Why are magazines in practice waiting rooms mainly old?

Ever wondered why general practice waiting rooms contain mainly old magazines? Could it be that practice staff put out only old magazines or do they put out reasonably recent ones and these disappear?

Fed up with complaints about the lack of up to date magazines in the waiting room of his general practice, Professor Bruce Arroll and colleagues set out to answer the question. Their findings are published in the Christmas issue of The BMJ.

A total of 87 magazines were stacked into three mixed piles and placed in the waiting room of a general practice in Auckland, New Zealand. They included non-gossipy magazines (Time , the Economist, Australian Women's Weekly, National Geographic, BBC History) and gossipy ones (defined as having five or more photographs of celebrities on the front cover).

Of the 82 magazines with a date on the front cover, 47 were less than 2 months old and the rest were 3-12 months old. Each magazine was marked with a unique number on the back cover and monitored twice weekly.

The main aims of the study were to find out if the new or old magazines disappeared first, to measure the rate of loss, and the loss of gossipy compared with non gossipy magazines.

Afer 31 days the study was stopped and 41 of the 87 (47%) magazines had disappeared - a disappearance rate of 1.32 magazines each day. Current magazines were more likely to go missing than older ones (59% compared with 27%).

Gossipy magazines were over 14 times more likely to disappear at any time than non-gossipy magazines. Of the 19 non-gossipy magazines (four Time magazines and 15 of the Economist), none had disappeared by the end of the study. Of the 27 gossipy magazines, only one was left.

Magazines that disappeared were also significantly cheaper than those that remained.

This study is possibly the first to explain the lack of up to date magazines in doctors' and to quantify their loss, say the authors.

Extrapolating their findings of 41 magazines each month at an average cost of £3.20 ($5.00; €4.00) per magazine over the 8,000 practices in the UK, this equates to £12.6m disappearing from general practices - resources that could be better used for healthcare.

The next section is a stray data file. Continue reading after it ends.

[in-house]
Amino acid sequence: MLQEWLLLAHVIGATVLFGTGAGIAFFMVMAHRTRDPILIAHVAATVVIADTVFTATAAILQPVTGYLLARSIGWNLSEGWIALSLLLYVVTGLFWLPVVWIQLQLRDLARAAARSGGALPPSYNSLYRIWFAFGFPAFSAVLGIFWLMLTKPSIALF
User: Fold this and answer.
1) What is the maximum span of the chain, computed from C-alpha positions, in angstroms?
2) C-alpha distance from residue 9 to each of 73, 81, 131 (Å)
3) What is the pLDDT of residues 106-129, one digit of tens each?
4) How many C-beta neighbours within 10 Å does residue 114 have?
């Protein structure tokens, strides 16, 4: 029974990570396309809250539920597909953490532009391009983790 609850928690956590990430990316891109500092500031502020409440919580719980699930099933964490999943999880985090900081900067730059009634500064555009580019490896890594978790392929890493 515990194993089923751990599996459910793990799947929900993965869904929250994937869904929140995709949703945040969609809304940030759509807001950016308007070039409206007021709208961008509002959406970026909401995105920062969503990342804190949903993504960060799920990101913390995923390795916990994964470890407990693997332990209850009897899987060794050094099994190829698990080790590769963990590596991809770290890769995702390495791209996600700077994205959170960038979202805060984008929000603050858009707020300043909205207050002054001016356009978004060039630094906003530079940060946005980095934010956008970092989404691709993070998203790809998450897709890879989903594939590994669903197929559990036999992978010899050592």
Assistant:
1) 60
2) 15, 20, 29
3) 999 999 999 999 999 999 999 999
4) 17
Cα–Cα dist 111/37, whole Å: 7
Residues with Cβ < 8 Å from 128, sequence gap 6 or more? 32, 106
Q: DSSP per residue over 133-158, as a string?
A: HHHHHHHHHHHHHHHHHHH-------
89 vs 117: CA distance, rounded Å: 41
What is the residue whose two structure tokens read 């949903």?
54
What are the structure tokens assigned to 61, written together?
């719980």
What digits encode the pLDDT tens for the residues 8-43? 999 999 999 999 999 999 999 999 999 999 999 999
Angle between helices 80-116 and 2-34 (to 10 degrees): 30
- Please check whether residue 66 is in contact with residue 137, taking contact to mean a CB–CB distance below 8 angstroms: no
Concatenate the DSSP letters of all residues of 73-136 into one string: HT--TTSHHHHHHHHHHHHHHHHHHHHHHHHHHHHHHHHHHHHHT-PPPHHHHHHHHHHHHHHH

Practices should consider using old copies of the Economist and Time magazine as a first step towards saving costs, suggest the authors.

Further research would include identifying who or what is responsible for the removal of magazines, they conclude.


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More information: The BMJ, www.bmj.com/cgi/doi/10.1136/bmj.g7262
Journal information: British Medical Journal (BMJ)

Citation: Why are magazines in practice waiting rooms mainly old? (2014, December 11) retrieved 22 July 2019 from https://medicalxpress.com/news/2014-12-magazines-rooms.html
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User comments

Dec 12, 2014
Wow. I can sleep better now! A few thoughts on this groundbreaking study:

87 in each waiting room, in all 8,000? That sounds very high.

I don't know about UK, but many magazines I see in US waiting rooms are "hand-me-downs" from staff, offering a reason why they're old - rather using old intentionally. I doubt offices are holding new issues for 2 months before putting them out. This is why address label has often been removed.

Additionally, I am not certain, but some of the subscriptions may be given to offices free of charge to get patients interested in their magazine.

It's only a loss of money if taken magazines are replaced by others, or more are stocked knowing they'll be taken. After 15d, 67 magazines still sounds high. Also, if gossipy magazines were 2x as likely to be taken, was it accounted for that those magazines may be cheaper than things like Time and the Economist, lowering the loss? What about getting rid of free coffee, that may cut the the same, or more.

Dec 12, 2014
correction... article said gossipy magazines were 14x more likely to be taken...

Upon rereading, the article said, "Gossipy magazines were over 14 times more likely to disappear at any time than non-gossipy magazines. Of the 19 non-gossipy magazines (four Time magazines and 15 of the Economist), none had disappeared by the end of the study. Of the 27 gossipy magazines, only one was left."

19+27 does not equal 87. Also, if NONE of the non-gosspiy magazines disappeared, how can they come up with a discrete number of "14 times" more likely? It's been a while since I've performed any statistical calculations beyond the basics, so maybe I'm missing something...

Dec 12, 2014
Good example of misrepresenting the facts. There is no financial loss or gain in having magazines circulating about. They get read. That's what they are for. Waiting rooms will always have magazines to read. They get dropped off and they get picked up. So what?

Dec 12, 2014
Bring your iPad/Kindle and read what you want or do email. No more outdated anything. Problem solved

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